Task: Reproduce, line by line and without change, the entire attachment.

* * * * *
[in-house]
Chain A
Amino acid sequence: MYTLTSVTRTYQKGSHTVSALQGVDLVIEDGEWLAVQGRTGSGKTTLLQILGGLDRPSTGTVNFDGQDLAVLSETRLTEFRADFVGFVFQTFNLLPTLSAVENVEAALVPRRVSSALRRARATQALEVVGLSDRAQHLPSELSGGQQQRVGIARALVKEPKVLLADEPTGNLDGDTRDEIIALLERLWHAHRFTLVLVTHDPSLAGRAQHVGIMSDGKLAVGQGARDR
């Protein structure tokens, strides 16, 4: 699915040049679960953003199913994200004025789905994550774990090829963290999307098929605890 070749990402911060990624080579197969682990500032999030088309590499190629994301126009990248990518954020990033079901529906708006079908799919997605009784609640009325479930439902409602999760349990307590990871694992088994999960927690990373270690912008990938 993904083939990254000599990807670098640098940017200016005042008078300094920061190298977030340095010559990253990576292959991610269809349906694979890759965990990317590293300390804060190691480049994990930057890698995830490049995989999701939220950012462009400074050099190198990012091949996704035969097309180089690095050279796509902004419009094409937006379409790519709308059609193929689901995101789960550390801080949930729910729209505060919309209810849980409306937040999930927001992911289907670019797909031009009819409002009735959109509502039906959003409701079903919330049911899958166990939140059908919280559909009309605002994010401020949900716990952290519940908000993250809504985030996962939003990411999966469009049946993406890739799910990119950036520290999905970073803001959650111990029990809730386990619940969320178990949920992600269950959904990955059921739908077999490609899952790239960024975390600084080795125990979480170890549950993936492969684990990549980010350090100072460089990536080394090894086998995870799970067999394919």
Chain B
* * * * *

[in-house]
Chain A
Amino acid sequence: MYTLTSVTRTYQKGSHTVSALQGVDLVIEDGEWLAVQGRTGSGKTTLLQILGGLDRPSTGTVNFDGQDLAVLSETRLTEFRADFVGFVFQTFNLLPTLSAVENVEAALVPRRVSSALRRARATQALEVVGLSDRAQHLPSELSGGQQQRVGIARALVKEPKVLLADEPTGNLDGDTRDEIIALLERLWHAHRFTLVLVTHDPSLAGRAQHVGIMSDGKLAVGQGARDR
């Protein structure tokens, strides 16, 4: 699915040049679960953003199913994200004025789905994550774990090829963290999307098929605890 070749990402911060990624080579197969682990500032999030088309590499190629994301126009990248990518954020990033079901529906708006079908799919997605009784609640009325479930439902409602999760349990307590990871694992088994999960927690990373270690912008990938 993904083939990254000599990807670098640098940017200016005042008078300094920061190298977030340095010559990253990576292959991610269809349906694979890759965990990317590293300390804060190691480049994990930057890698995830490049995989999701939220950012462009400074050099190198990012091949996704035969097309180089690095050279796509902004419009094409937006379409790519709308059609193929689901995101789960550390801080949930729910729209505060919309209810849980409306937040999930927001992911289907670019797909031009009819409002009735959109509502039906959003409701079903919330049911899958166990939140059908919280559909009309605002994010401020949900716990952290519940908000993250809504985030996962939003990411999966469009049946993406890739799910990119950036520290999905970073803001959650111990029990809730386990619940969320178990949920992600269950959904990955059921739908077999490609899952790239960024975390600084080795125990979480170890549950993936492969684990990549980010350090100072460089990536080394090894086998995870799970067999394919």
Chain B